Tag Archives: Growth
I am seeing the word 'Entrepreneur' used a lot these days and in many cases it refers to people that are not Entrepreneurs at all.
There is a lot of difference between someone that builds a business and an Entrepreneur.
The trouble is, the word comes from French:
1875–80; < French: literally, one who undertakes (some task), equivalent to entrepren (dre) to undertake (< Latin inter- inter- + prendere to take, variant of prehendere ) + -eur -eur.
So basically it refers to an employer or business owner. However, over the years we have used it to describe someone that starts a business or develops a business normally in an innovative or creative way and often against significant odds.
Now we seem to be using it liberally to describe anyone starting up a business or owning one.
I think that is sad. We should be able to differentiate those that are simply running or building a business and those that are reinventing businesses.
The parallels between the game of golf and being in business help us understand where we should focus and what should be important. Golf is a game where the player is largely competing against himself and seeking to improve ways to improve his performance.
In this video, Paul Bridle will look at other important parallels and why this is important to business and the way we approach our business every day. If we approached business in the way a golfer approaches golf, it may make a significant difference to our performance.
During the lifetime of any organisation, it may from time-to-time require the support of an external business advisor, consultant or coach – but what is the difference and how can they help?
There’s a certain amount of confusion in the business community about these three roles. Ask ten people, and you might get ten different answers.
Here is just one set of definitions for you to consider.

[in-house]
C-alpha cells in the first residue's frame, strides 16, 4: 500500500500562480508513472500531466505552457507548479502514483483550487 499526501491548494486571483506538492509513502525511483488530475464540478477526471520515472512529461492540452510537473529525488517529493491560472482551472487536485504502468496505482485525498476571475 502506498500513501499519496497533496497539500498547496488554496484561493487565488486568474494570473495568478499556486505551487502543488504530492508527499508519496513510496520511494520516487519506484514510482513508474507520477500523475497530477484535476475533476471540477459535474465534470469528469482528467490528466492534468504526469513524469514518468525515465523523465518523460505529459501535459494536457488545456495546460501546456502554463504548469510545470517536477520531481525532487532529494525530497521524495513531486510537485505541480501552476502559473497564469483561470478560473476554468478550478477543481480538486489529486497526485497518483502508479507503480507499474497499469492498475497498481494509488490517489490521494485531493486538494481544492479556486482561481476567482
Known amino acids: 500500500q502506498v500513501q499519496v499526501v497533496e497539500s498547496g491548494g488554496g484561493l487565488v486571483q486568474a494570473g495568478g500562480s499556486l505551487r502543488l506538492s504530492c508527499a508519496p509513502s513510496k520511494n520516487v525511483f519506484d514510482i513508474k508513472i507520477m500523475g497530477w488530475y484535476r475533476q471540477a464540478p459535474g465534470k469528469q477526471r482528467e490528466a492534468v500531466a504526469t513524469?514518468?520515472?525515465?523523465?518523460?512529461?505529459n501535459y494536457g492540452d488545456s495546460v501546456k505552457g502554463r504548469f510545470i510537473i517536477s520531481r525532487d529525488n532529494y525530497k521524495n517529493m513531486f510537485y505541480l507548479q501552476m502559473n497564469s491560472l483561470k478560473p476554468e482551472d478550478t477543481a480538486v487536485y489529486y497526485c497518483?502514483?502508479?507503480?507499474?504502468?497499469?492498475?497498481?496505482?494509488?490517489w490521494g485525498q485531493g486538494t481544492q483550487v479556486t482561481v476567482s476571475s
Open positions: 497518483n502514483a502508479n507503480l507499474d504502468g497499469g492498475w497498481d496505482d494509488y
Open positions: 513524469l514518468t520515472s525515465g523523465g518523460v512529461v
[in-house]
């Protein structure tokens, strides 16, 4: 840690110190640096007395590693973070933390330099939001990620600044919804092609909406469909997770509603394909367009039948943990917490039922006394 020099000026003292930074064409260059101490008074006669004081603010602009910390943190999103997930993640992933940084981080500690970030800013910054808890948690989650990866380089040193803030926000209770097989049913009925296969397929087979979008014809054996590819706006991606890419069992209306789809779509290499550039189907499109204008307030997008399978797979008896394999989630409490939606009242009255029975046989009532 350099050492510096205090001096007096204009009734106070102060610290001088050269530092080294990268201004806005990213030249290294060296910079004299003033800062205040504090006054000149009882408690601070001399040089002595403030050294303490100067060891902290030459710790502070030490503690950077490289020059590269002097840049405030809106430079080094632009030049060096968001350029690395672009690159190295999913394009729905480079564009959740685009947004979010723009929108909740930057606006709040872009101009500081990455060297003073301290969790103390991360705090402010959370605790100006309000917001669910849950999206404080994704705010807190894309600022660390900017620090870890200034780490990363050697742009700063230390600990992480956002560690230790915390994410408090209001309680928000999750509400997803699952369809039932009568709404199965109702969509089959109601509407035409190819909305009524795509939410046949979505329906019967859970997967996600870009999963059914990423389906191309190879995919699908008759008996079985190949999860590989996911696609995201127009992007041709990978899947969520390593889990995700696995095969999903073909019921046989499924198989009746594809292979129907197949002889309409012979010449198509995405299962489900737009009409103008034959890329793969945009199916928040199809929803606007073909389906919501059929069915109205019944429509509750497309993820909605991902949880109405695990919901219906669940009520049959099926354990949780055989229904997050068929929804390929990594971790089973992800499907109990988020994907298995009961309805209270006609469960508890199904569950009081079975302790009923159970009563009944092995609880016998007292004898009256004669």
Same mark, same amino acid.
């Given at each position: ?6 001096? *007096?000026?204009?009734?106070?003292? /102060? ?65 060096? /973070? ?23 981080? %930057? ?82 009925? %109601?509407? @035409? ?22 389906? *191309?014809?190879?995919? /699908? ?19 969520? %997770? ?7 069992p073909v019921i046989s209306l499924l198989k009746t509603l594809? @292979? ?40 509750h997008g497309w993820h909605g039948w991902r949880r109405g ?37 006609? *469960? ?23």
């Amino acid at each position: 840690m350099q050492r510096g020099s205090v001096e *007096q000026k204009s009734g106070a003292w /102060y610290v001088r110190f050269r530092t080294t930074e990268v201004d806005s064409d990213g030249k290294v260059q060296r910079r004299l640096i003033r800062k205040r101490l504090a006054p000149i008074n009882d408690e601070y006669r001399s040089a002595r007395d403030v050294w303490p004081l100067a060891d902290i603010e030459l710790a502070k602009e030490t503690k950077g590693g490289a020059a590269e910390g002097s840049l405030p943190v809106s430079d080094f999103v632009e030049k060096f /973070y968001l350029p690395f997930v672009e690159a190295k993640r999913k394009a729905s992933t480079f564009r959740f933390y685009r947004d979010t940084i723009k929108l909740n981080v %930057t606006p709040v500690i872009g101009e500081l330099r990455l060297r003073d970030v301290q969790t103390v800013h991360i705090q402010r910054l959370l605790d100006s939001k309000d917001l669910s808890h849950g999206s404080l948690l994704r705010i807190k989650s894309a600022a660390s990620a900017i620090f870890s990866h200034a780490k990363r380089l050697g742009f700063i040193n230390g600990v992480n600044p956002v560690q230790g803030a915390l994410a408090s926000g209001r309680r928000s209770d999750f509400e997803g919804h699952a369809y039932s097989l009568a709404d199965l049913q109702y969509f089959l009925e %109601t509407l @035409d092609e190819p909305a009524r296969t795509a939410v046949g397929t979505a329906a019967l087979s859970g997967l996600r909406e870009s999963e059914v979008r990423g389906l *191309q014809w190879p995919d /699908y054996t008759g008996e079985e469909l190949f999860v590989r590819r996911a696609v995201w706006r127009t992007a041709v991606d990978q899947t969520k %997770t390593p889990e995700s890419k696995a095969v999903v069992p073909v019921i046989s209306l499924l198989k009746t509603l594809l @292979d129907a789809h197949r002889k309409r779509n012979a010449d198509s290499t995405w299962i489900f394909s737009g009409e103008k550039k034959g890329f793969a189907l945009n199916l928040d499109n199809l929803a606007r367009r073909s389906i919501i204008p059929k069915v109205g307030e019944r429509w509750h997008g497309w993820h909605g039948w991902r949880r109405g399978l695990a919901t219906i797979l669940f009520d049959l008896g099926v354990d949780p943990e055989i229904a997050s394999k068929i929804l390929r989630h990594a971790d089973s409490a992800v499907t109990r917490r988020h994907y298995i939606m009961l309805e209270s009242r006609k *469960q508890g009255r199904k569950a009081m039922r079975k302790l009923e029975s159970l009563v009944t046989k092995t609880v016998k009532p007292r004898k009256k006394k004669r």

Business Advisor: Is pretty much hands-off. They are called in to assess, advice, and counsel on a topic or set of topics. They provide their recommendations - and then they walk away. There might be follow-up discussions, but generally the actual implementation of any recommendation is performed by company staff. Their only hands-on work usually involves writing up their recommendations.
A Business Consultant: Usually performs at least partially as an advisor, offering advice & recommendations - but then they go hands-on to implement their recommendations alone or in concert with company staff; whether it be a new strategy, technology, problem-fix, etc. (more…)
There are plenty of legendary bad business decisions: Blockbuster passing up the chance to buy Netflix and Kodak sitting on the digital camera just two that spring to mind.
But there are also some legendary smart moves: "I'll have the merchandising rights in exchange for a smaller pay packet," said a certain film director George Lucas.What separates good companies from great companies, and good leaders from great leaders is decision-making. And there are four key decisions that you need to nail if you want to see your business grow.
1.Decide… on the right people to work with
No company can work towards growth without good employees.
Google's recruitment processes and incentives, for instance, are geared towards attracting and retaining the best available talent. Hammocks, arcade games and free ice-cream may not be your thing, but just like Google, your staff are vital to your company's growth, and just like Google, you want the best available talent.
“People don’t like change” is not only a myth but it distracts us from the real issue.
The truth is, if there was no change, the majority of people would be bored and that in turn would have even more dire consequences. Change is not the issue we think it is.
In this video, Paul Bridle explains why ‘change’ is not really the issue. More importantly, he explores what it is that really bothers people and what that means for a leader. By re-thinking this you will be able to focus on ensuring you as the leader and your followers understand what to expect from each other so that they can better handle change.
Christian Mutschlechner has more than 30 years experience of working in the meeting industry. He is currently Director of the Vienna Convention Bureau.
With theVienna Convention Bureau living and experiencing a lot of dramatic changes within the sector, adapting the strategy of the organisation has been vital.Trying to be part of the permanent change and influence change wherever possible.
In this Be Inspired Interview Christian explores the importance of responding to and implementing change within the meetings industry.
The Boston Matrix or Boston Box – so called because it was developed by the Boston Consulting Group (BCG) – is a tool that may help you to analyse potential routes forward and discuss strategic options.
Developed by BCG’s founder, Bruce D. Henderson and his colleagues, the Boston Box offers a simple technique for assessing your organisation’s position relative to others in terms of its product range.
To find out more about this model, click on the following link: Boston Box